Trapped outside of the real world

By Richard Magda
October 4, 2001

Walking back to your creatively tagged abode, the New Residence Hall, after an extensive night of research, you are pulled to the side of the pathway by a Cabrini College Public Safety officer.

“What’s in the bag,” he forcefully mumbles in his most intimidating voice.

“Just a few binders and some candy cigarettes, sir,” you innocently respond with the utmost respect.

“That’s funny, you unlawful college student. I have no reason to believe that there are more than school books and candy smokes in your bag, but it looks suspicious to me,” he proclaims.

Shocked, you raise your hands in disbelief.

With a tumbling roar, the officer digs deep within his authority and shouts, “Empty your bag, now!”

Without thinking twice, you open the bag to show the officer he has nothing to worry about. After all, you were only studying.

But then, as you pull the zipper down until it can travel its hinges no longer, you see your demise showing its strikingly incandescent glow as your breath pushes out of your lungs with a powerful thrust of anxiety.

Now clearly visible to the Public Safety officer, the lone forgotten beer can in your bag from the last trunk-to-dorm transfer is about to cost you.

“Oh, damn!” you shout as you snap your fingers and shake your head in disbelief.

“Ha,” the officer confidently chuckles as if he actually knew that you were hosting a beer can in your bag all along. “It looks like we have some business to work out,” he says as he reaches for his citation book.

This story is purely fictional, right?

As of last week, when the most recent hall meetings were held in the New Residence Hall, this scenario, as ridiculous as it may seem, is entirely probable and, considering how Cabrini College Public Safety operates, it is highly probable as well.

Collaborating to form yet another social restriction for students, Public Safety and Residence Life have declared that they are now allowed to search bags both entering and leaving the New Residence Hall. The searches will be performed in the best interest of all students, in attempt to keep alcoholic beverages and contraband from entering the new dormitory. Inconsistently, the searches can only take place Thursday through Saturday, according to Resident Assistants at the hall meetings.

Granted, the New Residence Hall is a dry dormitory. Students living in the building should be prepared to suffer the consequences if they do not abide by the set of guidelines clearly outlined in the Student Handbook, which states that the use of alcohol and illegal drugs is prohibited.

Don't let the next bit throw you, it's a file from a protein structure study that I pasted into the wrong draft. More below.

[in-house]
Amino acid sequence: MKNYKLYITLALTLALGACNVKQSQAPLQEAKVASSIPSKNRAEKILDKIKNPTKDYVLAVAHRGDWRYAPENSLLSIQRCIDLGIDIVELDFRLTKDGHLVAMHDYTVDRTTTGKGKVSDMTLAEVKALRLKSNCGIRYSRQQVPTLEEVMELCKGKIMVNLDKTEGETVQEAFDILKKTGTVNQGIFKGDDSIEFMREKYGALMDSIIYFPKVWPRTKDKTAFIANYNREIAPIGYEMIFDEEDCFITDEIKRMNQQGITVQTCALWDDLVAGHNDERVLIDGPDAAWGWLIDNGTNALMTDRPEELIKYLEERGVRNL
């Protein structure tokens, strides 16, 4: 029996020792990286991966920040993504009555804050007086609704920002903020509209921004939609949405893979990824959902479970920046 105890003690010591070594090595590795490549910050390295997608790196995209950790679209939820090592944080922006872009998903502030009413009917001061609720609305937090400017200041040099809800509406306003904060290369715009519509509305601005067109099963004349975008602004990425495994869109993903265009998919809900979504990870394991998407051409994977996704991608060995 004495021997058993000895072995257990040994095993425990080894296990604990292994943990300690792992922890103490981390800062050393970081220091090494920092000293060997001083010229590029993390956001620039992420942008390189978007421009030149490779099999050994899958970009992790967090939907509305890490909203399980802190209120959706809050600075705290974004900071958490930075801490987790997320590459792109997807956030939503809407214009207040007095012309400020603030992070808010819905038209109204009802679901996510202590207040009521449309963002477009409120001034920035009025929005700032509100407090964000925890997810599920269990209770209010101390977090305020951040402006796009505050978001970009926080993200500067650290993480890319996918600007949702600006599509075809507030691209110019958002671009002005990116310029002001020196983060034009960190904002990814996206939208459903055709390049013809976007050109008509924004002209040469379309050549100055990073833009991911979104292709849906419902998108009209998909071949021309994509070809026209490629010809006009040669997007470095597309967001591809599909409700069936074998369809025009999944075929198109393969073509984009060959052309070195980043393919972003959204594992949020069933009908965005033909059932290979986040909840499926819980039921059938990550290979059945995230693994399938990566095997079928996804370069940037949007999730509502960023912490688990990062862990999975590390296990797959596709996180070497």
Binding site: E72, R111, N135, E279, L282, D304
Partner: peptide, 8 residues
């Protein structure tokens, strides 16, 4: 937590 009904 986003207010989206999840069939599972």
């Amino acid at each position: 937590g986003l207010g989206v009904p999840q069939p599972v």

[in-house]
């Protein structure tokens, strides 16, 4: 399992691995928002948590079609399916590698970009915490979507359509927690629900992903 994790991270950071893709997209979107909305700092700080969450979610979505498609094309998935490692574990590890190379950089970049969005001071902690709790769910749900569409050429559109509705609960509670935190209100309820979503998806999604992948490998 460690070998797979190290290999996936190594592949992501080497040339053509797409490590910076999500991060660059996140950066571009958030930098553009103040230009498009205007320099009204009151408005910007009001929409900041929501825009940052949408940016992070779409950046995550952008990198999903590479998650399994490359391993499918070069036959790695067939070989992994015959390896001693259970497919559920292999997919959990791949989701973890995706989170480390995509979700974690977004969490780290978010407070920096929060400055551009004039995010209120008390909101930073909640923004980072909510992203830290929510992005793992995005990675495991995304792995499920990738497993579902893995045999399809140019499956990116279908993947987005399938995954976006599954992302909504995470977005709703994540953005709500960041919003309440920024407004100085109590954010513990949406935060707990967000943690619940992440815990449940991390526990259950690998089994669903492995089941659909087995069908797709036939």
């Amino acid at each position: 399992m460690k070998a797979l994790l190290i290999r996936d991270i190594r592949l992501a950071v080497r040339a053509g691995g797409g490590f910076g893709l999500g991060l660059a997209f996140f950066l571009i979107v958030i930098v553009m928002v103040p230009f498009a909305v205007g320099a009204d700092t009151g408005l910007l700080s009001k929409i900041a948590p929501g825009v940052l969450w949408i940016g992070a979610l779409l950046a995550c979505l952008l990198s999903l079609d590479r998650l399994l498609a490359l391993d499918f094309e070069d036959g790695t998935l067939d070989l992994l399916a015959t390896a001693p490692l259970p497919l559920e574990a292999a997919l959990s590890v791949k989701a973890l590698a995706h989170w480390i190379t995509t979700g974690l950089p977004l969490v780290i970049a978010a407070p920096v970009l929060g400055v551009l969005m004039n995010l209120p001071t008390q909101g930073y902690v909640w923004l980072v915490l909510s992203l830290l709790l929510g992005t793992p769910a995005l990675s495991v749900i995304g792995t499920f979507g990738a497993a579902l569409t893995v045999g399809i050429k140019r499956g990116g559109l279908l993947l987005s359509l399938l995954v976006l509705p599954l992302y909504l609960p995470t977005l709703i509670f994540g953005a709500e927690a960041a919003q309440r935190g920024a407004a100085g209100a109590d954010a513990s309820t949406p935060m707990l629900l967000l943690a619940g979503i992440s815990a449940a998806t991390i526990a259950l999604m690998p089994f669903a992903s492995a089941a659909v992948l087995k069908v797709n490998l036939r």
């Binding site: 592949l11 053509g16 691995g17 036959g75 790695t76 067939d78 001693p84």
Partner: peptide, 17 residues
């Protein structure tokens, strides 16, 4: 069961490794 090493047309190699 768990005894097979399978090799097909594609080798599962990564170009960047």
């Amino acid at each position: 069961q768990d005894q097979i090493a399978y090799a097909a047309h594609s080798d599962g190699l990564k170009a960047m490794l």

It is assumed by the college that the obeying of these rules will be expected by Public Safety and respected by the students. After all, it is the duty of Public Safety to work towards the complete and unbroken safety of the public, hence the name.

However, we, as citizens and students of America, have the right to be secure with our possessions and to be free from unreasonable searches without probable cause, according to Amendment IV of the Bill of Rights.

By infringing on the Constitution, which our proud nation is based on, authority figures of Cabrini College, who are in no way affiliated with the police, are making up their own rules.

How do they justify defying the Constitution of the United States of America?

They don’t. They just continue to act ignorantly.

And considering that they are not the police, what gives them the professional opinion to decide what constitutes a “suspicious” bag?

Even the most keen-eyed police officer cannot search a bag unless he can clearly see visible evidence on which to base his probable cause.

Of course, Public Safety and Residence Life do a fine job keeping this fine institution running like a well-oiled machine. This argument does not condemn their hard work at all. But enough is enough all ready.

Compared to other schools, with much less public safety intervention, are we, the students of Cabrini College, really that horrible when it comes to unwinding after a long week hard at work?

I don’t think so.

I, along with many other students, have visited other colleges and universities on weekends and the Cabrini environment is incredibly calm. Students here have already been as tamed as college kids can get.

The recent decision by Public Safety, allowing bag searches, does not promote real world living for students. Nor does it promote the American way, which our nation is fighting hard to maintain right now.

This invasion of privacy is heinous, impracticable, and in my opinion, borderline Nazi.

With that understood, I ask you Public Safety, is it absolutely necessary to trap us even further into the corners of this already tightly assembled campus?

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Richard Magda

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